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  1. B. Sun, M. P. Edgar, R. Bowman, L. E. Vittert, S. Welsh, A. Bowman, and M. J. Padgett, “3-D Computational imaging with single-pixel detectors,” Science 340(6134), 844–847 (2013).
    [Crossref] [PubMed]
  2. Z. Zhang and J. Zhong, “Three-dimensional single-pixel imaging with far fewer measurements than effective image pixels,” Opt. Lett. 41(11), 2497–2500 (2016).
    [Crossref] [PubMed]
  3. M. J. Sun, M. P. Edgar, G. M. Gibson, B. Sun, N. Radwell, R. Lamb, and M. J. Padgett, “Single-pixel three-dimensional imaging with time-based depth resolution,” Nat. Commun. 7, 12010 (2016).
    [Crossref] [PubMed]
  4. W. Chan, K. Charan, D. Takhar, K. Kelly, R. Baraniuk, and D. Mittleman, “A single-pixel terahertz imaging system based on compressed sensing,” Appl. Phys. Lett. 93(12), 121105 (2008).
    [Crossref]
  5. C. Watts, D. Shrekenhamer, J. Montoya, G. Lipworth, J. Hunt, T. Sleasman, S. Krishna, D. Smith, and W. Padilla, “Terahertz compressive imaging with metamaterial spatial light modulators,” Nat. Photonics 8(8), 605–609 (2014).
    [Crossref]
  6. L. Bian, J. Suo, G. Situ, Z. Li, J. Fan, F. Chen, and Q. Dai, “Multispectral imaging using a single bucket detector,” Sci. Rep. 6(1), 24752 (2016).
    [Crossref] [PubMed]
  7. P. Sen, B. Chen, G. Garg, S. Marschner, M. Horowitz, M. Levoy, and H. Lensch, “Dual photography,” ACM Trans. Graph. 24(3), 745–755 (2005).
    [Crossref]
  8. T. B. Pittman, Y. H. Shih, D. V. Strekalov, and A. V. Sergienko, “Optical imaging by means of two-photon quantum entanglement,” Phys. Rev. A 52(5), R3429–R3432 (1995).
    [Crossref] [PubMed]
  9. J. H. Shapiro, “Computational ghost imaging,” Phys. Rev. A 78(6), 061802 (2008).
    [Crossref]
  10. Z. Zhang, X. Ma, and J. Zhong, “Single-pixel imaging by means of Fourier spectrum acquisition,” Nat. Commun. 6(1), 6225 (2015).
    [Crossref] [PubMed]
  11. X. Li and Z. Zhang, “High-quality fringe pattern generation based on binary pattern optimization with projector defocusing,” J. Opt. Technol. 84(1), 32–40 (2017).
    [Crossref]
  12. M. J. Sun, M. P. Edgar, D. B. Phillips, G. M. Gibson, and M. J. Padgett, “Improving the signal-to-noise ratio of single-pixel imaging using digital microscanning,” Opt. Express 24(10), 10476–10485 (2016).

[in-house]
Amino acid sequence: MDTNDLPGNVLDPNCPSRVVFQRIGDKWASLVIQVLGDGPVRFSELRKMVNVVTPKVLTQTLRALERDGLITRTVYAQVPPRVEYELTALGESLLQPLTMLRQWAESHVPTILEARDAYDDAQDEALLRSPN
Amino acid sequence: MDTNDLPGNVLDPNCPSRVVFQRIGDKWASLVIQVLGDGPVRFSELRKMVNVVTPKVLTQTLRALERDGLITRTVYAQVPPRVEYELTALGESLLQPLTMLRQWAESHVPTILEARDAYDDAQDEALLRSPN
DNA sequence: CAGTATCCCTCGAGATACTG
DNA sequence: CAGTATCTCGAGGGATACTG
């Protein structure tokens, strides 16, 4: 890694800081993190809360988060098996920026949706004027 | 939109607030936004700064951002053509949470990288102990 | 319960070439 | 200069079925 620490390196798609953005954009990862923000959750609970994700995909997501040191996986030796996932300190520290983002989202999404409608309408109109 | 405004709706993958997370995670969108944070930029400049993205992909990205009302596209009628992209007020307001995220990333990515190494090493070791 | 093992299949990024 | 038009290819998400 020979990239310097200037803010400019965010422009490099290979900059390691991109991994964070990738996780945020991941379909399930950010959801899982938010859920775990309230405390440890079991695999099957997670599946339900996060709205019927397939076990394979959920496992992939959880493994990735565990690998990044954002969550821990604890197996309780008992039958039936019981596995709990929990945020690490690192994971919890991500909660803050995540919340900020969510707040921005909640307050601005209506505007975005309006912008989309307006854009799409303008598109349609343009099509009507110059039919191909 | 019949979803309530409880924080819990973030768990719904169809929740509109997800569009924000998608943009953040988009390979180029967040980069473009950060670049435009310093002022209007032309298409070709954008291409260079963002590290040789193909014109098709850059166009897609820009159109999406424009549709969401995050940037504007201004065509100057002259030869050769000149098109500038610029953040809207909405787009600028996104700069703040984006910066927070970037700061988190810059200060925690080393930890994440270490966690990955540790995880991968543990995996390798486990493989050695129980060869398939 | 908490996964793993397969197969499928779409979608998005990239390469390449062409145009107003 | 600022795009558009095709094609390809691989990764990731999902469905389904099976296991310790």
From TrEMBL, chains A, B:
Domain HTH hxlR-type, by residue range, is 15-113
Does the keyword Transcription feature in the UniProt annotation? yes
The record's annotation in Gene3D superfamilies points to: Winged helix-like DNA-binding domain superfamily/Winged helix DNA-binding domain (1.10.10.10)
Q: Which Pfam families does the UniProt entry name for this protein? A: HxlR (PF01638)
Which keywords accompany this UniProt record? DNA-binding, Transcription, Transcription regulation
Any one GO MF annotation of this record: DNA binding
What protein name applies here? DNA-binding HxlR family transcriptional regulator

[Crossref] [PubMed]
  13. K. Fraser, D. V. Arnold, and G. Dellaire, “Projected Barzilai-Borwein Method with Infeasible Iterates for Nonnegative Least-Squares Image Deblurring,” in Proceedings of IEEE Conference on Computer and Robot Vision (IEEE, 2014), pp. 504–509.
    [Crossref]
  14. A. R. Barakat, “Dilute aperture diffraction imagery and object reconstruction,” Opt. Eng. 29(2), 131–139 (1990).
    [Crossref]
  15. C. W. Helstrom, “Image Restoration by the Method of Least Squares,” J. Opt. Soc. Am. 57(3), 297–303 (1967).
    [Crossref]
  16. M. E. Daube-Witherspoon and G. Muehllehner, “An Iterative Image Space Reconstruction Algorthm Suitable for Volume ECT,” IEEE Trans. Med. Imaging 5(2), 61–66 (1986).
    [Crossref] [PubMed]
  17. H. Jiang, S. Zhu, H. Zhao, B. Xu, and X. Li, “Adaptive regional single-pixel imaging based on the Fourier slice theorem,” Opt. Express 25(13), 15118–15130 (2017).
    [Crossref] [PubMed]
  18. M. Gupta, Y. Tian, S. G. Narasimhan, and L. Zhang, “A Combined Theory of Defocused Illumination and Global Light Transport,” Int. J. Comput. Vis. 98(2), 146–167 (2012).
    [Crossref]
  19. S. Paris, P. Kornprobst, and J. Tumblin, “Bilateral Filtering,” Int. J. Numer. Methods Eng. 63(13), 1911–1938 (2009).
  20. E. Peli, “Contrast in complex images,” J. Opt. Soc. Am. A 7(10), 2032–2040 (1990).
    [Crossref] [PubMed]

2017 (2)

X. Li and Z. Zhang, “High-quality fringe pattern generation based on binary pattern optimization with projector defocusing,” J. Opt. Technol. 84(1), 32–40 (2017).
[Crossref]

H. Jiang, S. Zhu, H. Zhao, B. Xu, and X. Li, “Adaptive regional single-pixel imaging based on the Fourier slice theorem,” Opt. Express 25(13), 15118–15130 (2017).